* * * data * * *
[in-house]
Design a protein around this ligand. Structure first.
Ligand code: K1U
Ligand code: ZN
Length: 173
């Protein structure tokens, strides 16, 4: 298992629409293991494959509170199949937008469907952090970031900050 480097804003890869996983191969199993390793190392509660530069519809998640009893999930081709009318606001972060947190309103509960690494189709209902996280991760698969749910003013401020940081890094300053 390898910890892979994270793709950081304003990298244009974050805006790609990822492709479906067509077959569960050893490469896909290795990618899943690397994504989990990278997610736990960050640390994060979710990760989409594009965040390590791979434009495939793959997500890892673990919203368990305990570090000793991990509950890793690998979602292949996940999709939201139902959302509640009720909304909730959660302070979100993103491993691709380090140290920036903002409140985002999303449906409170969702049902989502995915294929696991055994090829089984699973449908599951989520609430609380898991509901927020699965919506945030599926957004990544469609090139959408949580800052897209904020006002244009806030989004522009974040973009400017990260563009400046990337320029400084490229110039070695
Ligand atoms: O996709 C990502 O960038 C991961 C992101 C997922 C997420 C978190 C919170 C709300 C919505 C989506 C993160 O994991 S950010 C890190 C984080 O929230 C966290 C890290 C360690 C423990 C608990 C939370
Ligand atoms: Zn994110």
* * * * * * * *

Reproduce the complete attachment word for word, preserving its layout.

[in-house]
Design a protein around this ligand. Structure first.
Ligand code: K1U
Ligand code: ZN
Length: 173
């Protein structure tokens, strides 16, 4: 298992629409293991494959509170199949937008469907952090970031900050 480097804003890869996983191969199993390793190392509660530069519809998640009893999930081709009318606001972060947190309103509960690494189709209902996280991760698969749910003013401020940081890094300053 390898910890892979994270793709950081304003990298244009974050805006790609990822492709479906067509077959569960050893490469896909290795990618899943690397994504989990990278997610736990960050640390994060979710990760989409594009965040390590791979434009495939793959997500890892673990919203368990305990570090000793991990509950890793690998979602292949996940999709939201139902959302509640009720909304909730959660302070979100993103491993691709380090140290920036903002409140985002999303449906409170969702049902989502995915294929696991055994090829089984699973449908599951989520609430609380898991509901927020699965919506945030599926957004990544469609090139959408949580800052897209904020006002244009806030989004522009974040973009400017990260563009400046990337320029400084490229110039070695
Ligand atoms: O996709 C990502 O960038 C991961 C992101 C997922 C997420 C978190 C919170 C709300 C919505 C989506 C993160 O994991 S950010 C890190 C984080 O929230 C966290 C890290 C360690 C423990 C608990 C939370
Ligand atoms: Zn994110």